Rhode Island records second straight year with no work zone fatalities
There are fewer vehicles on our roads today but the Rhode Island Department of Transportation (RIDOT) still has 300 maintenance workers out there and 183 bridges under construction in 56 projects in full operation. RIDOT asks motorists to remember that despite the coronavirus crisis, men and women are at work in our work zones and they are at risk. This is National Work Zone Awareness week. RIDOT is asking drivers to do their part to help keep workers safe – obey all signage, reduce your speed and drive carefully in work zones.
Nationally each year, more than 750 people die in work zone-related accidents and more than 25,000 injuries are reported. Rhode Island drivers, the RIDOT safety team, and our contractors and their labor force have done a phenomenal job working together. There have been zero work zone deaths during the last two consecutive years in Rhode Island despite the record number of roadway and bridge repair projects underway as a result of Governor Raimondo's RhodeWorks program.
Although the Covid-19 pandemic has reduced traffic volumes by 50 percent, the concern for worker safety remains. With highways less congested drivers are tempted to drive faster and even with fewer cars on the road, some DOTs across the country are seeing traffic fatalities at a higher level than usual. Less traffic is not a license to speed. During the last six weeks in Rhode Island with lower traffic volumes we have had seven traffic fatalities – the same number as for the past five-year average.
"Each year we face the threat of workers being injured or killed by drivers crashing into work zones. Rhode Islanders are certainly doing a great job of saving lives in the last two years and I sincerely hope they will continue their good record. Our construction workers are taking a chance every day when they step into their jobsite. Please don't make it any more risky," RIDOT Director Peter Alviti, Jr. said. "All of our workers deserve to go home safely after a day on the job literally risking their lives to improve our roads and bridges."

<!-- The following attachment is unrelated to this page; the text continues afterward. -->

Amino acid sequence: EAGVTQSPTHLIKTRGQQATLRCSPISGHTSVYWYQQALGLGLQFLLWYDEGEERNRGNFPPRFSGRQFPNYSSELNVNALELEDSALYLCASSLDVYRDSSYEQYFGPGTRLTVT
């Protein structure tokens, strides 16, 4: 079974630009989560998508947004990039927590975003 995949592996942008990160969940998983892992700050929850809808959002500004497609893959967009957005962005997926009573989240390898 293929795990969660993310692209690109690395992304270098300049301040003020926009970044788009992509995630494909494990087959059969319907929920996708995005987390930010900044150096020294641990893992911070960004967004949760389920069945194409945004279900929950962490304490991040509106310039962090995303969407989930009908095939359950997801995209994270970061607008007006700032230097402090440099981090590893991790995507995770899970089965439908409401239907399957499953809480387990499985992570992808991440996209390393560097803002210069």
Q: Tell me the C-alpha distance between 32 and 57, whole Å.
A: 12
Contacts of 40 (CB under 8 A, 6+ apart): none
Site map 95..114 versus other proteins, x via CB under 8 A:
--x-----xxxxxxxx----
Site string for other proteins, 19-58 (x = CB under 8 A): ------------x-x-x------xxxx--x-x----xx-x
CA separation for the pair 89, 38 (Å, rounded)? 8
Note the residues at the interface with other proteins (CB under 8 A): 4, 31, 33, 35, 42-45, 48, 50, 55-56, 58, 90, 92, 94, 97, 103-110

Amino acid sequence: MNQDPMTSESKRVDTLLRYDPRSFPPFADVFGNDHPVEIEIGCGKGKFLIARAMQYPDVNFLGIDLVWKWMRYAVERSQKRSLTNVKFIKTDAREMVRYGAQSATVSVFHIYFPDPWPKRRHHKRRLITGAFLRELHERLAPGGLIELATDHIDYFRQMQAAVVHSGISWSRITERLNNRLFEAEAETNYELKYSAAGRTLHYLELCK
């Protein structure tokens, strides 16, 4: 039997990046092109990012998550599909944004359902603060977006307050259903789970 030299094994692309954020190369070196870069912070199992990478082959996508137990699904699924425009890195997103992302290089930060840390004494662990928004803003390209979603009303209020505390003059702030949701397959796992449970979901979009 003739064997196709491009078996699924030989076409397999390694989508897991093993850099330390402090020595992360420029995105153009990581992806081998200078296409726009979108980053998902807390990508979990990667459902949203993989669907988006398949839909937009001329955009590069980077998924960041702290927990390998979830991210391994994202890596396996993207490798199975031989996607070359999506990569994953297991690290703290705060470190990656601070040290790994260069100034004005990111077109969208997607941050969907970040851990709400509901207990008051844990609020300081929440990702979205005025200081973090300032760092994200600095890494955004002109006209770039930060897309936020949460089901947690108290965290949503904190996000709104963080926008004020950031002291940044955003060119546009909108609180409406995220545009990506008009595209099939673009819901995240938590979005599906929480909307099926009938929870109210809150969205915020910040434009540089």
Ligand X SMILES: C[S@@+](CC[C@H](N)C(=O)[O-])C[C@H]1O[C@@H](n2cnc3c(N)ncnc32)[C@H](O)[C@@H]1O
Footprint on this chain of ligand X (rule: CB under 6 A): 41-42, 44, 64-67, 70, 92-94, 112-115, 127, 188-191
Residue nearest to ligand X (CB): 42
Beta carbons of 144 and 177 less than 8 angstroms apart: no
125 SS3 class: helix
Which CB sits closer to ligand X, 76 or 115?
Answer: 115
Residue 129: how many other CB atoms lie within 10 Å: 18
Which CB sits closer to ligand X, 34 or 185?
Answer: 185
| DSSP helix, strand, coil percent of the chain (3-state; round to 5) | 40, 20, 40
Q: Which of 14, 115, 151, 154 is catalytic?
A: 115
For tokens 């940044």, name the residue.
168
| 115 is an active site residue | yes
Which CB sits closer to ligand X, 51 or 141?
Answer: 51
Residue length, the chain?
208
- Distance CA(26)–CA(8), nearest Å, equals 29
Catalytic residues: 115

Nationally, a work zone crash occurs every 5.4 minutes and each week there are 12 work zone crashes that involve at least one death. A large majority of those killed, about 85 percent, are not the workers on the road, but the driver or passengers of the vehicle involved in the crash. While there were no fatalities, there were 28 injuries reported in Rhode Island work zone crashes during 2019.
Safety is RIDOT's highest priority, and all work zones are established with careful attention to safety and in coordination with national standards and best practices. We plan the timing and duration of work zones to reduce the impact to traffic congestion and travel time. Additionally, we provide advanced alerts of all work requiring lane or road closures with postings on RIDOT's website at www.ridot.net/traveladvisories and real-time traffic incident information is available on RIDOT's Twitter feed at www.twitter.com/RIDOTNews.
RIDOT has also been advocating for enhanced safety laws in Rhode Island. In 2008, Rhode Island passed the "move over" law, which requires drivers to move over a lane when approaching a first responder stopped on the road. In 2014, the law was expanded to include construction and highway maintenance workers. So, even if drivers can't change lanes when approaching workers or first responders, the law requires them to slow down and leave as much space as possible between their vehicle and the stopped vehicles.
"Road construction projects necessitate a shared commitment to safety. Let us once again commit to reinforce the synergy between those who travel through work zones and those performing the work within these projects with the combined effect allowing the men and women working in these work zones being able to return home safely on a daily basis," said Raymond C. Coia, Administrator, New England Laborers' Health and Safety Fund. "It is a proven fact that safety works when people work together. All it takes is patience and cooperation."
"I am extremely proud of our hardworking RI Building & Construction tradesmen and women who lace them up every day during these most difficult times keeping our essential road, bridge and critical infrastructure projects on track despite the COVID-19 Pandemic," said Michael F. Sabitoni, President of the Rhode Island Building and Construction Trades Council and Business Manager and Secretary-Treasurer of the Rhode Island Laborers' District Council. "Union construction workers and flaggers remain steadfast and committed to the industry, their livelihood, and our communities - taking the necessary precautions to keep themselves and their fellow union brothers and sisters safe and protected. We urge all motorists to do the same."